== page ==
The Red Lion - Trafalgar Studio 2
Rather like the smaller, so-called ‘fringe’ theatres as opposed to the glitz and glamour of the West End, there are some real gems to be found in the football clubs in lower leagues, away from the bright and polished lights of the Premier Division. The changing room of an unspecified ‘semi-professional’ football club in that general place called The North (as per the road signs) is the setting for The Red Lion, a show that could, given its title, be reasonably mistaken for being set in a pub.
As the audience files in for this Trafalgar Studios revival, the theatre even smells like a locker room. The three on-stage characters are given more than sufficient character development. There’s Yates (John Bowler), an older man with an affiliation to the club that stretches back decades, Kidd (Stephen Tompkinson), the first team manager (I must call him that, such is his disdain for all the other teams in the club), and Jordan (Dean Bone), a young player, fresh-faced and eager. The casting is sublime.
There’s an optimism in Kidd that makes him, in many respects, a suitable manager, though his methods are questionable enough that even the rookie Jordan finds himself taking a stand against unreasonable behaviour. “I won’t cheat!” he says, but – acting under instruction, he must fall in line or simply go away. (This being football, rather more colourful language than ‘go away’ is used, of course.)
Jordan fails a medical at a club higher up in the football league, whose bashed-up knee is being treated by (ahem) medication. That isn’t even the salient point: how he found himself being in the running for being signed up by a fully-fledged professional team, and the consequences for all three men, is a gripping story. The stakes are high. It doesn’t end prettily for any of these lads, as ‘The Board’ catch on to what is happening behind the scenes. Let’s just say the words ‘gross misconduct’ were bandied about.
Some suspension of disbelief is required in all that kit being put out but only one player who ever comes in during the course of the play, though a scene change helped tremendously with establishing a semblance of the locker room having been used. The play is highly educational for people like me who know very little about football, whilst those infinitely more knowledgeable about their ‘beautiful game’ still have much to enjoy, deride and relate to without feeling patronised.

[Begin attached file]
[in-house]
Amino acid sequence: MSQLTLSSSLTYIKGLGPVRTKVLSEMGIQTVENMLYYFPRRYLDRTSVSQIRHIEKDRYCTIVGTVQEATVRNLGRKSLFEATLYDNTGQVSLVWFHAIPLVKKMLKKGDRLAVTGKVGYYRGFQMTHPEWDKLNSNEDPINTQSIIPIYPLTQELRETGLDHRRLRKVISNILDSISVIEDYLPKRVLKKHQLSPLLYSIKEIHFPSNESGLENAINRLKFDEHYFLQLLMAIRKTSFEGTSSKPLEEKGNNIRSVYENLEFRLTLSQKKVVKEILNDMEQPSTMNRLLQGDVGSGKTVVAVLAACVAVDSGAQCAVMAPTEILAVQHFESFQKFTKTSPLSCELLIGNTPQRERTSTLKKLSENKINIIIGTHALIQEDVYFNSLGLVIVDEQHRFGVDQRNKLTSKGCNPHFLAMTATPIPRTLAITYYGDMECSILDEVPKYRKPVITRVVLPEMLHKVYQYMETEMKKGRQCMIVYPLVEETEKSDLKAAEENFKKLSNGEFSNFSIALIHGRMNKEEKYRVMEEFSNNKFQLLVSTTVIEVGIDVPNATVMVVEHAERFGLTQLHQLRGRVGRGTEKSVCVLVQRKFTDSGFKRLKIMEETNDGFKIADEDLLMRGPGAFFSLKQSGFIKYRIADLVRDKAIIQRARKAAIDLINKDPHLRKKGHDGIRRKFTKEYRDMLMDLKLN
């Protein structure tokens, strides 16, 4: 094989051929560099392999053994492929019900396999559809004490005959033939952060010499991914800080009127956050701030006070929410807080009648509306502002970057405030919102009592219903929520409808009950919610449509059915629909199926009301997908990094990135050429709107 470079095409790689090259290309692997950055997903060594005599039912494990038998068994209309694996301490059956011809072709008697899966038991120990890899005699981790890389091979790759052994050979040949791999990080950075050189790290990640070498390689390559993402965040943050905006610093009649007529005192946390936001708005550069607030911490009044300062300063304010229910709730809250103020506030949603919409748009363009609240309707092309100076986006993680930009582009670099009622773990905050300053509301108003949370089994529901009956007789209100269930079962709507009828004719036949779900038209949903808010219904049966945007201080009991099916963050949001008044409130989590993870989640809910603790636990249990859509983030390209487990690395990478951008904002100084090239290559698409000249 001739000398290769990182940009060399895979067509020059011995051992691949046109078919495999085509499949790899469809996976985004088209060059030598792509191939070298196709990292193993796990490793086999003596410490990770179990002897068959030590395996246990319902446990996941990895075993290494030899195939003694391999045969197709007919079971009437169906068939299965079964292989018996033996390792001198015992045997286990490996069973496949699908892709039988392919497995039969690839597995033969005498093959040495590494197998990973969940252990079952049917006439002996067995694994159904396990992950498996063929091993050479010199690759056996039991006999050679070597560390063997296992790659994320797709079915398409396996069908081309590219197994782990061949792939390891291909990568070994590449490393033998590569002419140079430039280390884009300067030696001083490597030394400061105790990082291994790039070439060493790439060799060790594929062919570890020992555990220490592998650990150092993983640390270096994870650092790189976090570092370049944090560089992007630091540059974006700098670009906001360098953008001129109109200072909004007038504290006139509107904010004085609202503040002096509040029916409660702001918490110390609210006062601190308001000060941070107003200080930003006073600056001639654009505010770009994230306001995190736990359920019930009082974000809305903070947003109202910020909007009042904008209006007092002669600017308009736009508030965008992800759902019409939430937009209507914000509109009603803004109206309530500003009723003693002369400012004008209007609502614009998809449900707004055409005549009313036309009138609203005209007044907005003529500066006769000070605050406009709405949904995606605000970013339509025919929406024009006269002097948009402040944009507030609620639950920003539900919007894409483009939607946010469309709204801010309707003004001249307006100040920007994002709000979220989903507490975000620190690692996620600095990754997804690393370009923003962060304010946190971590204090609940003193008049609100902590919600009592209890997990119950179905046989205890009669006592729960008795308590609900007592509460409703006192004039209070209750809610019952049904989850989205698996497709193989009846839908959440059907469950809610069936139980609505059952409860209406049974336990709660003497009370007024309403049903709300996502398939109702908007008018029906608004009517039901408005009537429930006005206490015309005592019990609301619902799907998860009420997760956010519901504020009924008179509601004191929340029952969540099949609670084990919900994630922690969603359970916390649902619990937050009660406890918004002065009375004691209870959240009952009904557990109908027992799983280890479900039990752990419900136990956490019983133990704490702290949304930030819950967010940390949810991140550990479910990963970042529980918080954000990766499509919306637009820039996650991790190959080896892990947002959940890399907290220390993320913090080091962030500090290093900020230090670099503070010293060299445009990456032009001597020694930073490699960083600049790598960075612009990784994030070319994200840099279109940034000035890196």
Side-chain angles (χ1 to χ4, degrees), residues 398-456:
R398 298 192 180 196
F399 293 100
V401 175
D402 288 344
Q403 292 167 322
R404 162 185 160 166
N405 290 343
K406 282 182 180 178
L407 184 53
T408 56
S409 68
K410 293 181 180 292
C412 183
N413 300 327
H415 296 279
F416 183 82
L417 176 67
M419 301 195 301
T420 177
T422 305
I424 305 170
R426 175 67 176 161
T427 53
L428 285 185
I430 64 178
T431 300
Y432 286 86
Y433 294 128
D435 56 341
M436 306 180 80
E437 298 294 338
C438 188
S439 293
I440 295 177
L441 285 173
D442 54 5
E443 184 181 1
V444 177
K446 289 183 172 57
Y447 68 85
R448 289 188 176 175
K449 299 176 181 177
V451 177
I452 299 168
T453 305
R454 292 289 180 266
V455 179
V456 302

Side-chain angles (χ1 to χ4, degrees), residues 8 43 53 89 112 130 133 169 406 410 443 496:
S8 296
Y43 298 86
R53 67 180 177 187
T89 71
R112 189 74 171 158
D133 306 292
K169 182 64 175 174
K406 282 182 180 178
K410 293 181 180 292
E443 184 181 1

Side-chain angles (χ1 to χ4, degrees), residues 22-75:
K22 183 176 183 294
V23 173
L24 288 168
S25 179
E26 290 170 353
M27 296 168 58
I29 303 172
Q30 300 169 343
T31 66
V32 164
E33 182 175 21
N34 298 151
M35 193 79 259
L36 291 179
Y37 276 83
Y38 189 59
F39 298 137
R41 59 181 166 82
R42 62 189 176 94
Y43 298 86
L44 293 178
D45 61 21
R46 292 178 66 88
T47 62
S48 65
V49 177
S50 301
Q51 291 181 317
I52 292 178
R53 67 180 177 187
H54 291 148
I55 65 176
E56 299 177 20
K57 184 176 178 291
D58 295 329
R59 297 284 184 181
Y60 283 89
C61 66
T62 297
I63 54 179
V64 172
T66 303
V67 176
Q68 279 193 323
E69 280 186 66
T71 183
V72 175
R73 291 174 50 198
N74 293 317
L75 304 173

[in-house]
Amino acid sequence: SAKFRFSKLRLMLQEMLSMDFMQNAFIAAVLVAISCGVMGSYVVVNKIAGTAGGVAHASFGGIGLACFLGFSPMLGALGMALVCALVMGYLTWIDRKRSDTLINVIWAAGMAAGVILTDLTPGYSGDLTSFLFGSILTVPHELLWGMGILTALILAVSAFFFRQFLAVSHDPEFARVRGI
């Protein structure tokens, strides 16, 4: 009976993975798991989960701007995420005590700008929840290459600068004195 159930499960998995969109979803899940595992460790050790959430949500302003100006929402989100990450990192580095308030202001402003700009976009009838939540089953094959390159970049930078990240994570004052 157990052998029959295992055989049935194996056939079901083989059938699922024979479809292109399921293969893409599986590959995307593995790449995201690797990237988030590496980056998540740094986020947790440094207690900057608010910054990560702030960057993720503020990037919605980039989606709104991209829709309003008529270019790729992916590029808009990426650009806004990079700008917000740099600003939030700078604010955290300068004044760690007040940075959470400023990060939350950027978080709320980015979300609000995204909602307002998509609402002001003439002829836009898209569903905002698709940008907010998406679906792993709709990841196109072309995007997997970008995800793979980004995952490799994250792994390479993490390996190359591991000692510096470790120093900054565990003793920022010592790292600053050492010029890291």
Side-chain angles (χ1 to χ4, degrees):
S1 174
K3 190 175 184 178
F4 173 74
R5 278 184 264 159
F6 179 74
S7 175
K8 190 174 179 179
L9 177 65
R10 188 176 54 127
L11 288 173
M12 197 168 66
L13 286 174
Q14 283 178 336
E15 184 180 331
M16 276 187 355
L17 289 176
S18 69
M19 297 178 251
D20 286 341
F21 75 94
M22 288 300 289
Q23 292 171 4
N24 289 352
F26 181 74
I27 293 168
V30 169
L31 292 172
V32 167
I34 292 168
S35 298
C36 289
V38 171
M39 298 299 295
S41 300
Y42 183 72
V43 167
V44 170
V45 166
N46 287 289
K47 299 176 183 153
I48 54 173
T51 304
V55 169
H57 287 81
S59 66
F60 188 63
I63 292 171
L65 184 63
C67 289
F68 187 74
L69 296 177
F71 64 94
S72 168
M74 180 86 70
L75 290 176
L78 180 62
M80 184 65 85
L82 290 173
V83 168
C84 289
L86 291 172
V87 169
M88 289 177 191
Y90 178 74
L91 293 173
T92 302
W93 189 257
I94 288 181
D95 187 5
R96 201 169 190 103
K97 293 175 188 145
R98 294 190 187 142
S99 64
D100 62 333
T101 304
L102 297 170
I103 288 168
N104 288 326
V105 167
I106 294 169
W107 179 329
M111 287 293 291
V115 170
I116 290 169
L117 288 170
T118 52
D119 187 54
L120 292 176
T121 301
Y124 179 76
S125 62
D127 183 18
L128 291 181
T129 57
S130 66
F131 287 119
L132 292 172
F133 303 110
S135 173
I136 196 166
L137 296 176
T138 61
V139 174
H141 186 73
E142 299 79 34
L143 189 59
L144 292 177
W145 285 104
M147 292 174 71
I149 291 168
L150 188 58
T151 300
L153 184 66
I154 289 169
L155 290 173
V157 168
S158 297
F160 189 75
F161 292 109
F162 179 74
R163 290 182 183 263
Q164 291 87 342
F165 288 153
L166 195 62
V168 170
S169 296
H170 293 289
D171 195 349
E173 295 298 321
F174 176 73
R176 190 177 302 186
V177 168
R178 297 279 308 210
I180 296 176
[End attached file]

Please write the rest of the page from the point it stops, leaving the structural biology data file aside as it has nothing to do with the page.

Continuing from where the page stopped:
The generational gaps between the characters have, rightly, limited significance as far as the plot is concerned. All of them have a clear passion for football, and all of them, to borrow a slogan from the 2010 General Election campaign, can’t go on like this. It seemed somewhat contrived to me for Yates to suddenly ask Kidd how the family is getting on – I loved Kidd’s instinctively dismissive reaction – but on the other hand, there’s no denying that events off the field can have an influence on what goes on during play, and vice versa.
As I never tire of saying, there’s nothing wrong with ambition. One might have expected an analysis of league tables, who went where in the last transfer window, and inept referees. There’s some talk of the latter, but this play stretches far beyond that, into a thoughtful consideration of human weaknesses and the difficulties of life.
I didn’t see the original London production at the National Theatre, but I can imagine it was quite a wordy chore – I was surprised that the running time then was 2 hours 30 minutes including interval. Now it’s 95 minutes without an interval, and the intensity and humour of this production makes this revival a decisive victory for the Live Theatre team.